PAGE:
The original broadheads and still the most popular, fixed blade heads are, as their name implies, fixed in place. That is, they have no moving parts, just static blades. They are the original broadhead design (going back to the very beginning of archery), and are still widely used today. Pros The advantages to fixed blade broadheads are:
Better Penetration - Fixed blade broadheads penetrate better than mechanical heads. For obvious reasons, this is of utmost importance! They are also less likely to break or change direction on impact with bone or deflect off a quartering animal.
Durability - Fixed blade heads are tough, rugged, and can take a great deal of abuse while remaining ready to get the job done. For this reason, they've gained a reputation for unmatched reliability. By default, anything with less moving parts is going to be more reliable in any condition.
Price - Fixed blade heads are usually cheaper than mechanical heads. While this is not an area to try and save a few bucks (after all, we're talking about the business end of your arrow), cost can always be an issue.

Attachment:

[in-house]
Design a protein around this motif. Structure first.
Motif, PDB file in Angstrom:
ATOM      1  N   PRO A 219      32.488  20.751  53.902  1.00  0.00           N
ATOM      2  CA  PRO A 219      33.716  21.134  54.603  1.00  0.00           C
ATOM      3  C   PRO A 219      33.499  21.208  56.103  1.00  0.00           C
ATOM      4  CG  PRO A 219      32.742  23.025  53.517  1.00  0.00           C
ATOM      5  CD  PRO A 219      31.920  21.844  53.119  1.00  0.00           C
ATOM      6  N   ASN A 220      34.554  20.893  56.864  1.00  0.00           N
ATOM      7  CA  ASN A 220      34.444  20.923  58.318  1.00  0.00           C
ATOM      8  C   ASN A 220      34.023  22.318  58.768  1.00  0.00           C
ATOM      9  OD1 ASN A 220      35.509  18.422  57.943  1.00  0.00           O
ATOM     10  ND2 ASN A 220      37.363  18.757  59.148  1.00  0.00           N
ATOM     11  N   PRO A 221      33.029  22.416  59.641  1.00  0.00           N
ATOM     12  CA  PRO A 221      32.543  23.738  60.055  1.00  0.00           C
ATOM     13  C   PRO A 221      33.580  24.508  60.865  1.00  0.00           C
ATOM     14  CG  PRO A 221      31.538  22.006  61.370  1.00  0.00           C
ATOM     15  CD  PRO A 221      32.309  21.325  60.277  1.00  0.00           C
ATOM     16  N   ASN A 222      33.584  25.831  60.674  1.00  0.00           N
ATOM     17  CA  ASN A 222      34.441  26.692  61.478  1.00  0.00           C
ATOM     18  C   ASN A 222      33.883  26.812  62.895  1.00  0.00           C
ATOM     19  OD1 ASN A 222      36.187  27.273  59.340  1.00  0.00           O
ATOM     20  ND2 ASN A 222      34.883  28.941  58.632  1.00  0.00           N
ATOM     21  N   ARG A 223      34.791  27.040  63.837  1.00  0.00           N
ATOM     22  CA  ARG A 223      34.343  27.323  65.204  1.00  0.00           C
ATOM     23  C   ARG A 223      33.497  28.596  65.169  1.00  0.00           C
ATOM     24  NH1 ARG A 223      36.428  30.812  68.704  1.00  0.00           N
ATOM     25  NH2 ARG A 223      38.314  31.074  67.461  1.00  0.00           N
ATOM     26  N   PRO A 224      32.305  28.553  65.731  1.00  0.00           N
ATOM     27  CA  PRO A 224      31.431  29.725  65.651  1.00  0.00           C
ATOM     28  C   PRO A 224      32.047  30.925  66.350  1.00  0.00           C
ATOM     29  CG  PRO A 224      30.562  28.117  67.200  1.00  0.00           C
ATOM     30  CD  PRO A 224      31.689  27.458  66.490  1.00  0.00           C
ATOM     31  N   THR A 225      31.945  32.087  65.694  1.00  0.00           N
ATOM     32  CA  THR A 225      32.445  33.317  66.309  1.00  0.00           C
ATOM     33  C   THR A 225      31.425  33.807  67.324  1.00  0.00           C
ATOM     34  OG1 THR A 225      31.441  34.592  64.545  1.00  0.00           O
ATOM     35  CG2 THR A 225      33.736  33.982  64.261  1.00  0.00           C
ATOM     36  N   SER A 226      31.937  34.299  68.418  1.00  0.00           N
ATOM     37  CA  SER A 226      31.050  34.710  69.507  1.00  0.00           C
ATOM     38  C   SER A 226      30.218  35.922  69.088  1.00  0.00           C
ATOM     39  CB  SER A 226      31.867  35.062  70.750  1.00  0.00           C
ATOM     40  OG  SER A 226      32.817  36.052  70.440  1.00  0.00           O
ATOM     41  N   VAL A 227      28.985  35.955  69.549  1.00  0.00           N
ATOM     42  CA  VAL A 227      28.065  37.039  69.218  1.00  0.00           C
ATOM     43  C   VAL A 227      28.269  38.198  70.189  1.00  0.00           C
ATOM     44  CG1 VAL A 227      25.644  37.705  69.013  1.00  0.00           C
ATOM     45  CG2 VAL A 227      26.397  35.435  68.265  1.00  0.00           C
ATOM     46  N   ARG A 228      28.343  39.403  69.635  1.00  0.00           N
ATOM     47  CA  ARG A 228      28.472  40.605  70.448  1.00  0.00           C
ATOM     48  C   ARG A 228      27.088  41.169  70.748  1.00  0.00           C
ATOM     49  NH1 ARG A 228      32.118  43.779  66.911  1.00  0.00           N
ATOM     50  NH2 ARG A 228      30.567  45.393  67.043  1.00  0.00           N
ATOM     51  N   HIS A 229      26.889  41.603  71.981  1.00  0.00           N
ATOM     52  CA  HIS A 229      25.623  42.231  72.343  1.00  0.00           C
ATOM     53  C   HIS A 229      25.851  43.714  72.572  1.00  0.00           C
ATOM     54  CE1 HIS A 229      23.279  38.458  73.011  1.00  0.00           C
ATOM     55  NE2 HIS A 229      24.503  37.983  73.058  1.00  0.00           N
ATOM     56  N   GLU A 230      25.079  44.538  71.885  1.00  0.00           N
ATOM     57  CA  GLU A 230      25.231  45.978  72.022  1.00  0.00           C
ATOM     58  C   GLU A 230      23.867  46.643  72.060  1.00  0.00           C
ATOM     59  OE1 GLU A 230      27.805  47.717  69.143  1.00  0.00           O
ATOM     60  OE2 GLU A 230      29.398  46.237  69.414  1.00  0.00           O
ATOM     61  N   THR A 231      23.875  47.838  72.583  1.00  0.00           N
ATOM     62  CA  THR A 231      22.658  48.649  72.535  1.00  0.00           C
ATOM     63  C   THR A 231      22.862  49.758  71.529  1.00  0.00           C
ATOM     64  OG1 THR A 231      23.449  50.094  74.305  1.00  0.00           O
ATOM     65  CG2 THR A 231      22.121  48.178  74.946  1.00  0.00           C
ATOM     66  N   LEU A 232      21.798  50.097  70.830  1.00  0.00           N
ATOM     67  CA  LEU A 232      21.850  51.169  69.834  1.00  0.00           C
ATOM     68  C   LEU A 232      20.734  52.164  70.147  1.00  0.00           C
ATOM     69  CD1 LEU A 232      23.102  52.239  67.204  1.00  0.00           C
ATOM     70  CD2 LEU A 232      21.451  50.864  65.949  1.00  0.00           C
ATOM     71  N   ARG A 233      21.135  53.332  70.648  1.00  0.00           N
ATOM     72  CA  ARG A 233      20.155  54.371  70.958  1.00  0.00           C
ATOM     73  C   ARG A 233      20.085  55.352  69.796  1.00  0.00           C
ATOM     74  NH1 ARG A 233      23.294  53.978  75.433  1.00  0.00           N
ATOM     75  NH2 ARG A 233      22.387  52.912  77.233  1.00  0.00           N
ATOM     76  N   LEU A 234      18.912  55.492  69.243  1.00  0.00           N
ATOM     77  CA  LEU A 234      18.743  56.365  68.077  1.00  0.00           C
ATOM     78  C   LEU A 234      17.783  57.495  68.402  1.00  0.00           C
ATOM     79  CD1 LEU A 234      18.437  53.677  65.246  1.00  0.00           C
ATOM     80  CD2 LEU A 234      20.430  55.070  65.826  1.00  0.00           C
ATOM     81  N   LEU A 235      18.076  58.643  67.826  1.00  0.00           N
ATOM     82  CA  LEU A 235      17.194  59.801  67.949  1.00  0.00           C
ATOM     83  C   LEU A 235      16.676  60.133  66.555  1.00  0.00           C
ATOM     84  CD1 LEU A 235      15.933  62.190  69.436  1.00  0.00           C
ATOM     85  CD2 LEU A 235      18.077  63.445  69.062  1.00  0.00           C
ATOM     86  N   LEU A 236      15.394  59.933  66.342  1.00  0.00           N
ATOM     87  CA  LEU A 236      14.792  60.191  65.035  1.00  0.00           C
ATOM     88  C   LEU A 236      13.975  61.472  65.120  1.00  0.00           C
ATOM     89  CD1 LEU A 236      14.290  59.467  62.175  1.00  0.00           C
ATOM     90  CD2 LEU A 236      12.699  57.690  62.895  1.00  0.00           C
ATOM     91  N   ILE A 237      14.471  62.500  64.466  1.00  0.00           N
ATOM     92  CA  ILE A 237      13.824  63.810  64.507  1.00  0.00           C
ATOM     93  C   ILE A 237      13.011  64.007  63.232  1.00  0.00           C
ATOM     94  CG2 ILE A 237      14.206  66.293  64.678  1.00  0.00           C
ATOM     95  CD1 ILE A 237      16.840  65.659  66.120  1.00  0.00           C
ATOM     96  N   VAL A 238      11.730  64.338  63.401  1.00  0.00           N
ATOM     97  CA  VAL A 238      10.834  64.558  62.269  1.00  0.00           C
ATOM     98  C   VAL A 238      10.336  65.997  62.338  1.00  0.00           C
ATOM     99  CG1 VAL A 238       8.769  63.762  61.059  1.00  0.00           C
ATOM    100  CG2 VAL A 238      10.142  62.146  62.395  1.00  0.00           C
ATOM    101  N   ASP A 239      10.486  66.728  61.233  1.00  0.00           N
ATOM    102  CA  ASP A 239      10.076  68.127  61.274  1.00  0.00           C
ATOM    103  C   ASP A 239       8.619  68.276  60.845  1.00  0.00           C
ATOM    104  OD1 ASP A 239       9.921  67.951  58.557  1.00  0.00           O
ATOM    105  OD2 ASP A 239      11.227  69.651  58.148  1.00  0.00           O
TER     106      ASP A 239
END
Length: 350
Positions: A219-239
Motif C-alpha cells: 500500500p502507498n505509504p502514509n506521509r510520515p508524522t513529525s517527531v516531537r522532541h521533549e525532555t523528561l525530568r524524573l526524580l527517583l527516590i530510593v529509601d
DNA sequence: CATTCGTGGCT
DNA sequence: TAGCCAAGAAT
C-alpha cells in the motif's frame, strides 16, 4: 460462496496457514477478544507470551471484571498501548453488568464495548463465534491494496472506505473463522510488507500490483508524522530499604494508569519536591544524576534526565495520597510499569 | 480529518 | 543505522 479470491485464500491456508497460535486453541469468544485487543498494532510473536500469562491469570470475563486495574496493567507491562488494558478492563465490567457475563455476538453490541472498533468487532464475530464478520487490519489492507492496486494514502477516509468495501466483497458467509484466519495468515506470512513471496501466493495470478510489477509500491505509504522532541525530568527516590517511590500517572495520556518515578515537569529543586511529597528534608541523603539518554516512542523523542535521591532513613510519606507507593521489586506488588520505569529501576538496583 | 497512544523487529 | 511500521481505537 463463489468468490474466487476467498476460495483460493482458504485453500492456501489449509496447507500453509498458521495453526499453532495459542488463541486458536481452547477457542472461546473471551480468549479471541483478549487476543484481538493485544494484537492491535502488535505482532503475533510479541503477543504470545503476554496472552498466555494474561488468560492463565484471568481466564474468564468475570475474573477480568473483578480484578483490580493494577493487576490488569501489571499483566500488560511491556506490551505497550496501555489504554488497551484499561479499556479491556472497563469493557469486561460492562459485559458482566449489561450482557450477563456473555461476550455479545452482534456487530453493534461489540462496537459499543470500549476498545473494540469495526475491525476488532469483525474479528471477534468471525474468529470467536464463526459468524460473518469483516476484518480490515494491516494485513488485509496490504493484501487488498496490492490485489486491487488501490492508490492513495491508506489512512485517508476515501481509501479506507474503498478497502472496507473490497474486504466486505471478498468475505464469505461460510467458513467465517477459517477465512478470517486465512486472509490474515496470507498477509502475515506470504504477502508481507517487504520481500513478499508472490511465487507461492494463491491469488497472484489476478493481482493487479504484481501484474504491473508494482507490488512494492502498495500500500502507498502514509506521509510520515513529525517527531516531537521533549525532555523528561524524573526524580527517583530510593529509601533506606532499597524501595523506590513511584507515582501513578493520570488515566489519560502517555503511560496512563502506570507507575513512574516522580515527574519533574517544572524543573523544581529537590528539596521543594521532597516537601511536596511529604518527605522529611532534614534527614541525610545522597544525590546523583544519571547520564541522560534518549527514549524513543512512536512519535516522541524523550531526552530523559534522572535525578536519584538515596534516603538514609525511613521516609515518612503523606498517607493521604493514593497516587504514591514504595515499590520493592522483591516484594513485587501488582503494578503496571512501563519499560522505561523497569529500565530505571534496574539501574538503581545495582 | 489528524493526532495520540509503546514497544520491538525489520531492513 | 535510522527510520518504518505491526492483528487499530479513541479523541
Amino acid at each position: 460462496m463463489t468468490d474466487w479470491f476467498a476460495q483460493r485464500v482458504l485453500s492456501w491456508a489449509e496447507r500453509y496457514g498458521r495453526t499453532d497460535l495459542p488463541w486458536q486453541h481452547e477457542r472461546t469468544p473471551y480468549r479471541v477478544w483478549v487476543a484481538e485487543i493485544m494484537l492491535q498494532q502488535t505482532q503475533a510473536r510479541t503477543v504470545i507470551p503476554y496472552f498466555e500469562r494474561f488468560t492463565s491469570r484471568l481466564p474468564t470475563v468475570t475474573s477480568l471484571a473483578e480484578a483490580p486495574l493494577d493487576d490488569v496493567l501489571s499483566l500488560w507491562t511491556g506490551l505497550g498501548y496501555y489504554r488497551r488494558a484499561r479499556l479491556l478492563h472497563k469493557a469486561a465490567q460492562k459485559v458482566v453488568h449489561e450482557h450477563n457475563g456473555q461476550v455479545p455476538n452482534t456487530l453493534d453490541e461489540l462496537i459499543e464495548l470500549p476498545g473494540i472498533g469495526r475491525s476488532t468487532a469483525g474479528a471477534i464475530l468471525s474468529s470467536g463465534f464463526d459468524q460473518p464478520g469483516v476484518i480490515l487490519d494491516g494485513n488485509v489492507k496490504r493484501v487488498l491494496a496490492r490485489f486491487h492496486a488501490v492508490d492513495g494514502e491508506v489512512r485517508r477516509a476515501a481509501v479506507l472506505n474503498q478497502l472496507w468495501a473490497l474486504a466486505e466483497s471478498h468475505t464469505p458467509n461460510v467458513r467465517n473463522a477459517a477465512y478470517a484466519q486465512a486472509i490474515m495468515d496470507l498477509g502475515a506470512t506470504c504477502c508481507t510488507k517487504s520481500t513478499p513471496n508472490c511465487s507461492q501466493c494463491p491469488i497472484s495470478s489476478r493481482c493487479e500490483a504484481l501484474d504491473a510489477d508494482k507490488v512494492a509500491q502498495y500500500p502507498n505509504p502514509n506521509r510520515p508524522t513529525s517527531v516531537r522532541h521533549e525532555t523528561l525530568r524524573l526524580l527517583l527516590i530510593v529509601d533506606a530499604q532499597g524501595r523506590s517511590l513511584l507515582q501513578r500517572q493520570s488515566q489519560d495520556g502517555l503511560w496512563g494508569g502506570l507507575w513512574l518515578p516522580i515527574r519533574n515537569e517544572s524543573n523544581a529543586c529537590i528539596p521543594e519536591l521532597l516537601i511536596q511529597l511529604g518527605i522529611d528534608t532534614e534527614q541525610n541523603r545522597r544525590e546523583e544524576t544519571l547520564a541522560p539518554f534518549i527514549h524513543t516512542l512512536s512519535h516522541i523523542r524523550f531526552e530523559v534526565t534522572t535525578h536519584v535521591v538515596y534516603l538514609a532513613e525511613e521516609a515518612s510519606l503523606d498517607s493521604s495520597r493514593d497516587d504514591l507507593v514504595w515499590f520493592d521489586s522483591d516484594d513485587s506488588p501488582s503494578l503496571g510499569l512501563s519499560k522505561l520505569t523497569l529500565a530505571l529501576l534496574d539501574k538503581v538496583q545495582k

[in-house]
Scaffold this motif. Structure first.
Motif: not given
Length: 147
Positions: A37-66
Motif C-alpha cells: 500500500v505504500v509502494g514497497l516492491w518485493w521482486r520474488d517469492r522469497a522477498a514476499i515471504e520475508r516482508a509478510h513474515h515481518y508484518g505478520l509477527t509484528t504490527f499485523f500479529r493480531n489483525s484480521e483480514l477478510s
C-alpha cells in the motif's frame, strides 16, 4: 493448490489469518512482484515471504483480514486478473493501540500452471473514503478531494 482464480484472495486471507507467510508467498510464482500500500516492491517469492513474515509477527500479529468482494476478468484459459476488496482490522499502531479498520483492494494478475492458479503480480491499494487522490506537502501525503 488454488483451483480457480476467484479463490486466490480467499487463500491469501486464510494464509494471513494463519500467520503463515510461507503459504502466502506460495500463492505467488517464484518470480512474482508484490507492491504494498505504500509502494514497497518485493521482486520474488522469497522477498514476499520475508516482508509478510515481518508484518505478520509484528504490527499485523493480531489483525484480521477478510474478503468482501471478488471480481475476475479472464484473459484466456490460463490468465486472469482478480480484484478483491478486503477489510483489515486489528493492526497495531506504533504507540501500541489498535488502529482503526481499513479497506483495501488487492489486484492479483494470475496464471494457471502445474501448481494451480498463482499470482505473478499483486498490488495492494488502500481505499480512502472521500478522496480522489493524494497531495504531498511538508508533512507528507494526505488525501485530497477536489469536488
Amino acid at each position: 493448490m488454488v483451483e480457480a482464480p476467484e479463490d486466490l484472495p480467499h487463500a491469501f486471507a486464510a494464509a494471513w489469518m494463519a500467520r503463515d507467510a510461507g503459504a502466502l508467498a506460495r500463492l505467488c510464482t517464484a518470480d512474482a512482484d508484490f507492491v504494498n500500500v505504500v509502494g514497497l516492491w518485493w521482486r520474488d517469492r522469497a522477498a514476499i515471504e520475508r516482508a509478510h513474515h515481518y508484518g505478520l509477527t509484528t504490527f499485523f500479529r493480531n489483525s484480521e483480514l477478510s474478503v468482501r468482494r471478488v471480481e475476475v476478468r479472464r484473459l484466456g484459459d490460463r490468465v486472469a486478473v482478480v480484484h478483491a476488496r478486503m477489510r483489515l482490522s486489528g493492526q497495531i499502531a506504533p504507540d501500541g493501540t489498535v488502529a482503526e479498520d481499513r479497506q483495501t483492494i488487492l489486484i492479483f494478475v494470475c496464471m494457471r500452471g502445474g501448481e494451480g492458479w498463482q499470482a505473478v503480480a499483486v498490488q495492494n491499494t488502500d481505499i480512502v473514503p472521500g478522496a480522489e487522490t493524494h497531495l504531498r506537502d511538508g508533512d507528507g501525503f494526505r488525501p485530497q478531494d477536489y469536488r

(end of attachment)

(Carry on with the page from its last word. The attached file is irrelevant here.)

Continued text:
Cons There are two basic drawbacks to fixed blade broadheads:
Tuning - When you switch from your practice field points to fixed blade broadheads, your arrows will often fly differently and change their point of impact. This is because you're adding more surface area in the form of the blades, which can exaggerate tuning issues and problem with your bow. Fixed blade broadheads are less forgiving of a bow that is perfectly tuned.
Cutting Diameter - The smaller cutting diameter of fixed blade heads does less slicing and dicing than the larger diameter mechanical broadhead blades. This means they may not kill an animal as quickly or produce as much of a blood trail to follow.